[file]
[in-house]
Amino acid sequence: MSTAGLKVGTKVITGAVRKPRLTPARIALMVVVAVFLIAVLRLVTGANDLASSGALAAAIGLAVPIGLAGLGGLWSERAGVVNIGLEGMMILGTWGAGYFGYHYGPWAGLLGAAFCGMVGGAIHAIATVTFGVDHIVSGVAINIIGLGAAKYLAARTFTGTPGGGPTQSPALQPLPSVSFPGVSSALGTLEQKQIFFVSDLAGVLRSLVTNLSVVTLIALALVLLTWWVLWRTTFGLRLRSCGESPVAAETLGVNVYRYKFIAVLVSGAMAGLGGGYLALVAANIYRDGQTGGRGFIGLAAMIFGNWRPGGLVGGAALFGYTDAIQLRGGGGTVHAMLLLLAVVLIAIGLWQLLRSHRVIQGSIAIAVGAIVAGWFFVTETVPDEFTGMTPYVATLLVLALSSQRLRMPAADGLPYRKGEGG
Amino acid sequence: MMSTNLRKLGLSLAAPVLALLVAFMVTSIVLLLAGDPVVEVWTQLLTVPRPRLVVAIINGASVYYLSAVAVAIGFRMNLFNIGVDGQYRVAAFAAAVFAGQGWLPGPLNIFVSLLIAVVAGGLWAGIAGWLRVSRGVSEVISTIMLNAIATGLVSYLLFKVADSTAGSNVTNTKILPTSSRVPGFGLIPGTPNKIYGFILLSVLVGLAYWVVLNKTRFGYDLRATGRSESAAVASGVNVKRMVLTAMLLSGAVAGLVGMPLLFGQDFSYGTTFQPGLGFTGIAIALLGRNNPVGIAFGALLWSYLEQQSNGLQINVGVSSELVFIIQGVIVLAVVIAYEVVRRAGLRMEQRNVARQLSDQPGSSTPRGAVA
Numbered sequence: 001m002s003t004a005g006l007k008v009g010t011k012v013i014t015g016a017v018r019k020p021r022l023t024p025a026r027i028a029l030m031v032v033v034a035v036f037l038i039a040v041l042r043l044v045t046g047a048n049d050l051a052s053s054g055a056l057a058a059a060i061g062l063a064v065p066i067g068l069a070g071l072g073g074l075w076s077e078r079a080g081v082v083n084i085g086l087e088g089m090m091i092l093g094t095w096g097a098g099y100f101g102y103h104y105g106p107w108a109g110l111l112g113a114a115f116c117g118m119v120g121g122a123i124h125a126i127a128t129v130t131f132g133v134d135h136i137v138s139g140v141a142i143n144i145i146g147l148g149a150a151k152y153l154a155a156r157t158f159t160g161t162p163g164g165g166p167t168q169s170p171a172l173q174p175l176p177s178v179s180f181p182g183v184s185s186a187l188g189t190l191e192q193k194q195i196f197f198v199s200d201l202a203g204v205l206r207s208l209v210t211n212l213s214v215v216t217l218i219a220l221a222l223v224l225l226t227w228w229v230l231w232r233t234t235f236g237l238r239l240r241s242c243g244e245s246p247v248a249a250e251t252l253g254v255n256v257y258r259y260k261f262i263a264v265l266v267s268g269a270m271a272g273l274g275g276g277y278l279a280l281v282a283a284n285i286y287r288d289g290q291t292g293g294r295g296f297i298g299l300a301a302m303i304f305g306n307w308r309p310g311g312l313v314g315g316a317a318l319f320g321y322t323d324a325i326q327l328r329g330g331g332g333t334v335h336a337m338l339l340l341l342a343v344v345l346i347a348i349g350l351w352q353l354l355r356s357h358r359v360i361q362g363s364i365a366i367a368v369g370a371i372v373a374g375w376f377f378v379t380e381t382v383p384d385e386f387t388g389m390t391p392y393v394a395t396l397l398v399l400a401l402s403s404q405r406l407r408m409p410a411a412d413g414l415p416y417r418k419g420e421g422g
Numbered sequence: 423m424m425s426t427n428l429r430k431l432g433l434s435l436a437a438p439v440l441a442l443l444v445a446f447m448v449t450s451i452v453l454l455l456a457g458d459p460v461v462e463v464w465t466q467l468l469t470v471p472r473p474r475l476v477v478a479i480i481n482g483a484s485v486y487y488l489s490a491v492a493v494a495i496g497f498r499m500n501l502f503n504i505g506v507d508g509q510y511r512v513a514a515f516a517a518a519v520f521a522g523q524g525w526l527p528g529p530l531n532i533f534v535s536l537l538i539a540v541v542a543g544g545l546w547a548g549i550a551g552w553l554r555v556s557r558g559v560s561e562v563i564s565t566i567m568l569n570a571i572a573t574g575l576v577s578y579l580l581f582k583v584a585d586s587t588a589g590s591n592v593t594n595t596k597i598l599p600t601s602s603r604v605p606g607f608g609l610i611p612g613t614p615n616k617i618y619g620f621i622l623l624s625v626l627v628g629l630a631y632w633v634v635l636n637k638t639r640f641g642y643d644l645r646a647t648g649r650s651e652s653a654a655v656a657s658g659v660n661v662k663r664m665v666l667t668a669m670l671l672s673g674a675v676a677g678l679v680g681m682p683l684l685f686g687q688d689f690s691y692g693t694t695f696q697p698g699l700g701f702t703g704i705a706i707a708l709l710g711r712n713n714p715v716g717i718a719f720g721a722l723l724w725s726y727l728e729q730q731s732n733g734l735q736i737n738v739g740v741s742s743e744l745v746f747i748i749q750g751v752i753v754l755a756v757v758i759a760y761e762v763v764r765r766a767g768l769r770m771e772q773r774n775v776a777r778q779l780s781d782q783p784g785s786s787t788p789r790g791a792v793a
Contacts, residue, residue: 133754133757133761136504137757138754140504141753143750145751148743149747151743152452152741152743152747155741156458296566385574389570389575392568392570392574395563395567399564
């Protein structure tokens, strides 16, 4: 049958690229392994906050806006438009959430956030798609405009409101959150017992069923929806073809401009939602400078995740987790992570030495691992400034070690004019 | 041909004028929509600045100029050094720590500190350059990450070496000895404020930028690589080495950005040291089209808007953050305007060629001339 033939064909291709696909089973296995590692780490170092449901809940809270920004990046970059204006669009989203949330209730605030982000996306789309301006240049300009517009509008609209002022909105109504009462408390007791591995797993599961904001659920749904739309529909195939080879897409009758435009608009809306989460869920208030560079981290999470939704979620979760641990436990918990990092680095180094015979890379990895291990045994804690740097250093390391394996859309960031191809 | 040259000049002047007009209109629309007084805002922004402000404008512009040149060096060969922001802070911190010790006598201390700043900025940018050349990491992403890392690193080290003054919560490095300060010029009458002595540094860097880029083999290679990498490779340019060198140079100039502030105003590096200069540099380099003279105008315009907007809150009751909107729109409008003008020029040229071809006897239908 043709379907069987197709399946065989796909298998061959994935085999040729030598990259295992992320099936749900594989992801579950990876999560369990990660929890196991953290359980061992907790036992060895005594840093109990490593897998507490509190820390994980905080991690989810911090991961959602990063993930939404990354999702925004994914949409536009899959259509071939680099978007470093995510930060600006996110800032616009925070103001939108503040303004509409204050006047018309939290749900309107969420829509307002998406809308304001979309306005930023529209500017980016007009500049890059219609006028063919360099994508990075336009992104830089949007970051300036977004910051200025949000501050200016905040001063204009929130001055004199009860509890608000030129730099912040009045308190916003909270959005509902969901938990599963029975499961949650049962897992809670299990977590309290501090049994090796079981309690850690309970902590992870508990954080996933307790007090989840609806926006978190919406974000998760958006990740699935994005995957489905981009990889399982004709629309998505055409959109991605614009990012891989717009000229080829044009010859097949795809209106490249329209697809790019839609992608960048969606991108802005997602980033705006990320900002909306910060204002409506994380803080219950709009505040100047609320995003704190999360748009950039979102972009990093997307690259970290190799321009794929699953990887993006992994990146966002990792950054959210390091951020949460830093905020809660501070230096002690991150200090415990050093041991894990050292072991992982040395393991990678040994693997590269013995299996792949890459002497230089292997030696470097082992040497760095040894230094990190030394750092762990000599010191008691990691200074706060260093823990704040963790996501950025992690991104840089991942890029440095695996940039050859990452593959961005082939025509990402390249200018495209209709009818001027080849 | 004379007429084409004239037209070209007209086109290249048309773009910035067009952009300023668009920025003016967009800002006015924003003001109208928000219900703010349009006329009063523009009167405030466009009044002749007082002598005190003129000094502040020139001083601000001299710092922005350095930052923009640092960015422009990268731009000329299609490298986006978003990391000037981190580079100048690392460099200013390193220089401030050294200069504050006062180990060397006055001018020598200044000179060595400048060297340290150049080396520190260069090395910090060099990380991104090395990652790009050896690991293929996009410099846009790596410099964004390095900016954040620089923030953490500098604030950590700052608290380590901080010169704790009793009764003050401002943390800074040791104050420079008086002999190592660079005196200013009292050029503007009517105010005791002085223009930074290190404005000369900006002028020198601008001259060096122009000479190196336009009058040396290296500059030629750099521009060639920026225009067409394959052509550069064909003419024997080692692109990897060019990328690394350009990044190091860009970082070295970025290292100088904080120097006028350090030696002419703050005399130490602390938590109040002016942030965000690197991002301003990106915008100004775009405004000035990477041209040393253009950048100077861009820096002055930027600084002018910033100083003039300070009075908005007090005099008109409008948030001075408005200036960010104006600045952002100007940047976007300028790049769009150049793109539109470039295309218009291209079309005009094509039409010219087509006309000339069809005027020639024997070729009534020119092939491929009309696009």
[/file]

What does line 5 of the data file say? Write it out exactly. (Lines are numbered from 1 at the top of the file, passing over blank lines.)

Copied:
Numbered sequence: 423m424m425s426t427n428l429r430k431l432g433l434s435l436a437a438p439v440l441a442l443l444v445a446f447m448v449t450s451i452v453l454l455l456a457g458d459p460v461v462e463v464w465t466q467l468l469t470v471p472r473p474r475l476v477v478a479i480i481n482g483a484s485v486y487y488l489s490a491v492a493v494a495i496g497f498r499m500n501l502f503n504i505g506v507d508g509q510y511r512v513a514a515f516a517a518a519v520f521a522g523q524g525w526l527p528g529p530l531n532i533f534v535s536l537l538i539a540v541v542a543g544g545l546w547a548g549i550a551g552w553l554r555v556s557r558g559v560s561e562v563i564s565t566i567m568l569n570a571i572a573t574g575l576v577s578y579l580l581f582k583v584a585d586s587t588a589g590s591n592v593t594n595t596k597i598l599p600t601s602s603r604v605p606g607f608g609l610i611p612g613t614p615n616k617i618y619g620f621i622l623l624s625v626l627v628g629l630a631y632w633v634v635l636n637k638t639r640f641g642y643d644l645r646a647t648g649r650s651e652s653a654a655v656a657s658g659v660n661v662k663r664m665v666l667t668a669m670l671l672s673g674a675v676a677g678l679v680g681m682p683l684l685f686g687q688d689f690s691y692g693t694t695f696q697p698g699l700g701f702t703g704i705a706i707a708l709l710g711r712n713n714p715v716g717i718a719f720g721a722l723l724w725s726y727l728e729q730q731s732n733g734l735q736i737n738v739g740v741s742s743e744l745v746f747i748i749q750g751v752i753v754l755a756v757v758i759a760y761e762v763v764r765r766a767g768l769r770m771e772q773r774n775v776a777r778q779l780s781d782q783p784g785s786s787t788p789r790g791a792v793a